The NWHN applauds the court’s decision, but encourages the public to stay vigilant.
Grab your megaphones and your rainbow flags because Pride is officially back!
With 45% of the US population vaccinated, many individuals have turned to the internet to share their vaccine side effects. Some women have reported experiencing increased cramping and abnormal period flows after being vaccinated.
With many individuals experiencing changes to their periods, women across the United States are asking the same question: can the COVID-19 vaccine affect my period, and should I be worried?
The following statement can be attributed to Cynthia A. Pearson, Executive Director of the National Women’s Health Network. Contact: Evita Almassi, email@example.com or 425-749-1886 The FDA announced that it is reviewing its restrictions on mifepristone, a medication used for miscarriage…
Late last night, the FDA announced that, effective immediately, both medication abortion and miscarriage patients would be able to access mifepristone via delivery from their providers or through mail-order pharmacies. This tremendous victory will ensure that patients and providers are protected during the pandemic.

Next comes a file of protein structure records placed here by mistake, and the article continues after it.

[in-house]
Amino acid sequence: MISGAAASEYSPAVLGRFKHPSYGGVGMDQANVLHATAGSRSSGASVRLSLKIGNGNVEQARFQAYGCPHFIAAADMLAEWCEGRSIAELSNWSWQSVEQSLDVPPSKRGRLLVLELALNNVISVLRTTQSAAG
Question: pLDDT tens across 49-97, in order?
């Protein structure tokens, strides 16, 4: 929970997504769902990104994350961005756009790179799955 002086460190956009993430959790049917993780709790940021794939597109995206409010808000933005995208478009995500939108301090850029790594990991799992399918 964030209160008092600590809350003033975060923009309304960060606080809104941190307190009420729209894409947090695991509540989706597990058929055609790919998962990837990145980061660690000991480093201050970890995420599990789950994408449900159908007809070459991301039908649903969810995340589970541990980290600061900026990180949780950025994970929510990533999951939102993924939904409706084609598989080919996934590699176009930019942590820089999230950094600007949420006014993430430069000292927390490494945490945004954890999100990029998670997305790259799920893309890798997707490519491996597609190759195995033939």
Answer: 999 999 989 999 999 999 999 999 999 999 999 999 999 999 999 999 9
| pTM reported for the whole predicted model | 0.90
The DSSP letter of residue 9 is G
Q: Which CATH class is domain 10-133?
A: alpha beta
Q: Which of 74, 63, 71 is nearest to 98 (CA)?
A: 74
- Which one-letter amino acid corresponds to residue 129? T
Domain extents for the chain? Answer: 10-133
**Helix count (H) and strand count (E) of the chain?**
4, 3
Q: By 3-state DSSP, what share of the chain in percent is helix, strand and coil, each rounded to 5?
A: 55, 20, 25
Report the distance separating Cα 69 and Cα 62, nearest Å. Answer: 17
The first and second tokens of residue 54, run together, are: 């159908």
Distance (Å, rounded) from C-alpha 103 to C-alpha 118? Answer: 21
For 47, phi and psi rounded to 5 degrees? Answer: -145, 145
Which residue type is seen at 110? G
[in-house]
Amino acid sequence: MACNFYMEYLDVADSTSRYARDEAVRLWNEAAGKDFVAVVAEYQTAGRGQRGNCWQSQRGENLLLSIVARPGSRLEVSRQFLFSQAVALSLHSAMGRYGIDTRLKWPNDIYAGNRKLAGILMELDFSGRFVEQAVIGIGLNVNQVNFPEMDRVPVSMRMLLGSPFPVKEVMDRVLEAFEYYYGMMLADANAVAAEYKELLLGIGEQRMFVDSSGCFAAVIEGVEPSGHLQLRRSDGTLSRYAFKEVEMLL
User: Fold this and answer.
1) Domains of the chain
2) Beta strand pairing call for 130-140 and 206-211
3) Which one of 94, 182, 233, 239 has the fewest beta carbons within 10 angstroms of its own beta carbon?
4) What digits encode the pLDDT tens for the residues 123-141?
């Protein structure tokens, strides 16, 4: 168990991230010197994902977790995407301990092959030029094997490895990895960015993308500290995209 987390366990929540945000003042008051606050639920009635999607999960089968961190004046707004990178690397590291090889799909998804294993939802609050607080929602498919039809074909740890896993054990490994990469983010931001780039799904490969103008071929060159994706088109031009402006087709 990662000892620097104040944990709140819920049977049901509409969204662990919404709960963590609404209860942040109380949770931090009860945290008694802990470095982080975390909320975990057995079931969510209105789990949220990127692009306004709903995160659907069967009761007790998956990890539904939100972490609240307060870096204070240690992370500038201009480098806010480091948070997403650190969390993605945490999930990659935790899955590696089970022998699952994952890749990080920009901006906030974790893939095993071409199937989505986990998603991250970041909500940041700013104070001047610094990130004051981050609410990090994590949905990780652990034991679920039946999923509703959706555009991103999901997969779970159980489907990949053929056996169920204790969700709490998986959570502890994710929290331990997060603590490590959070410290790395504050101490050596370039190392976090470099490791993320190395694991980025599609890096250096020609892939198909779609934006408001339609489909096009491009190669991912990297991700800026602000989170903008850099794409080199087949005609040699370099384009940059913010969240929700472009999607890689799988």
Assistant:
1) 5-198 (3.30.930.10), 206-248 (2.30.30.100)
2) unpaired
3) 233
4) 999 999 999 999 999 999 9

In the rare case that you have an adverse reaction to the COVID-19 vaccine, there are multiple ways to contact the FDA. While the FDA does not always investigate individual reports, it is certainly worthwhile to file a report describing what happened to you.
Some pregnant and lactating individuals have reported feeling hesitant about receiving one of the FDA-authorized COVID-19 vaccines due to the exclusion of pregnant and lactating people in the clinical trials. In fact, most drugs and vaccines are never studied in pregnant people, and pregnant people are encouraged to avoid any medications that aren’t absolutely necessary.
We at the National Women’s Health Network are deeply concerned for the safety of our community members across the country as violence toward Asian Americans has escalated over the past year. We have said before and we will say it again. Health justice demands racial justice.
Question: I lost one of my ovaries due to a benign ovarian cyst in 2019. I’m having a very difficult time finding medical studies on the effect of losing one ovary on a woman’s long-term physical, sexual, and emotional health. …
Many patients benefit from taking multiple drugs, and taking several medications may be necessary for people with more than one chronic disease. However, the growing use of multiple medications puts millions of people over the age of 65 at risk for medication overload, which refers to theharm caused by too many medications.